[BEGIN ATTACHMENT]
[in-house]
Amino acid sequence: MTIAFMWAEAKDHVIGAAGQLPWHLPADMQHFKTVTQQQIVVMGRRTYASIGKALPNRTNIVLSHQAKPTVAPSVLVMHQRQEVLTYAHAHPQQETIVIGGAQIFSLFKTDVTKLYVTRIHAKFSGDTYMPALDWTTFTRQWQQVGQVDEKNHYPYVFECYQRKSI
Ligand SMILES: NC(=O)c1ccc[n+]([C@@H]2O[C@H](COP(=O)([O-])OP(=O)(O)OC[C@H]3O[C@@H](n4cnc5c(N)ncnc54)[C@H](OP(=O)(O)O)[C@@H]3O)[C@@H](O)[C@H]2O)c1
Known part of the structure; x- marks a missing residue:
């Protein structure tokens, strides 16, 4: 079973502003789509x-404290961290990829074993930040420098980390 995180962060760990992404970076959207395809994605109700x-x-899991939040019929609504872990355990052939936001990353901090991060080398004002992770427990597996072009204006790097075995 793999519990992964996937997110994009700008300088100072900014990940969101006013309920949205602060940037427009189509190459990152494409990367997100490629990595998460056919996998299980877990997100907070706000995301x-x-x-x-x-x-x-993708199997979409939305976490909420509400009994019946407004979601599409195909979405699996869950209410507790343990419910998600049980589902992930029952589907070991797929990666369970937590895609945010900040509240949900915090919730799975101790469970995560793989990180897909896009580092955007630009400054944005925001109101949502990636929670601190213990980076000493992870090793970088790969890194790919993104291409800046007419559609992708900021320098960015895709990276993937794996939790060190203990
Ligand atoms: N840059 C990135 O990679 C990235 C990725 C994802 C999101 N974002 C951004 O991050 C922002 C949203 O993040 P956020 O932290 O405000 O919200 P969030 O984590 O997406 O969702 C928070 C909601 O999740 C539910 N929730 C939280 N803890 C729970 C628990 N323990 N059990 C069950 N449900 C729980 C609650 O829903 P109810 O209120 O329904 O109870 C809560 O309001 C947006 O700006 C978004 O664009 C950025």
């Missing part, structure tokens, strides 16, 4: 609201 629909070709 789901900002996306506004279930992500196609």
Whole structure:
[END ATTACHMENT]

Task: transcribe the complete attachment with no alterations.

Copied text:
[in-house]
Amino acid sequence: MTIAFMWAEAKDHVIGAAGQLPWHLPADMQHFKTVTQQQIVVMGRRTYASIGKALPNRTNIVLSHQAKPTVAPSVLVMHQRQEVLTYAHAHPQQETIVIGGAQIFSLFKTDVTKLYVTRIHAKFSGDTYMPALDWTTFTRQWQQVGQVDEKNHYPYVFECYQRKSI
Ligand SMILES: NC(=O)c1ccc[n+]([C@@H]2O[C@H](COP(=O)([O-])OP(=O)(O)OC[C@H]3O[C@@H](n4cnc5c(N)ncnc54)[C@H](OP(=O)(O)O)[C@@H]3O)[C@@H](O)[C@H]2O)c1
Known part of the structure; x- marks a missing residue:
């Protein structure tokens, strides 16, 4: 079973502003789509x-404290961290990829074993930040420098980390 995180962060760990992404970076959207395809994605109700x-x-899991939040019929609504872990355990052939936001990353901090991060080398004002992770427990597996072009204006790097075995 793999519990992964996937997110994009700008300088100072900014990940969101006013309920949205602060940037427009189509190459990152494409990367997100490629990595998460056919996998299980877990997100907070706000995301x-x-x-x-x-x-x-993708199997979409939305976490909420509400009994019946407004979601599409195909979405699996869950209410507790343990419910998600049980589902992930029952589907070991797929990666369970937590895609945010900040509240949900915090919730799975101790469970995560793989990180897909896009580092955007630009400054944005925001109101949502990636929670601190213990980076000493992870090793970088790969890194790919993104291409800046007419559609992708900021320098960015895709990276993937794996939790060190203990
Ligand atoms: N840059 C990135 O990679 C990235 C990725 C994802 C999101 N974002 C951004 O991050 C922002 C949203 O993040 P956020 O932290 O405000 O919200 P969030 O984590 O997406 O969702 C928070 C909601 O999740 C539910 N929730 C939280 N803890 C729970 C628990 N323990 N059990 C069950 N449900 C729980 C609650 O829903 P109810 O209120 O329904 O109870 C809560 O309001 C947006 O700006 C978004 O664009 C950025």
């Missing part, structure tokens, strides 16, 4: 609201 629909070709 789901900002996306506004279930992500196609």
Whole structure: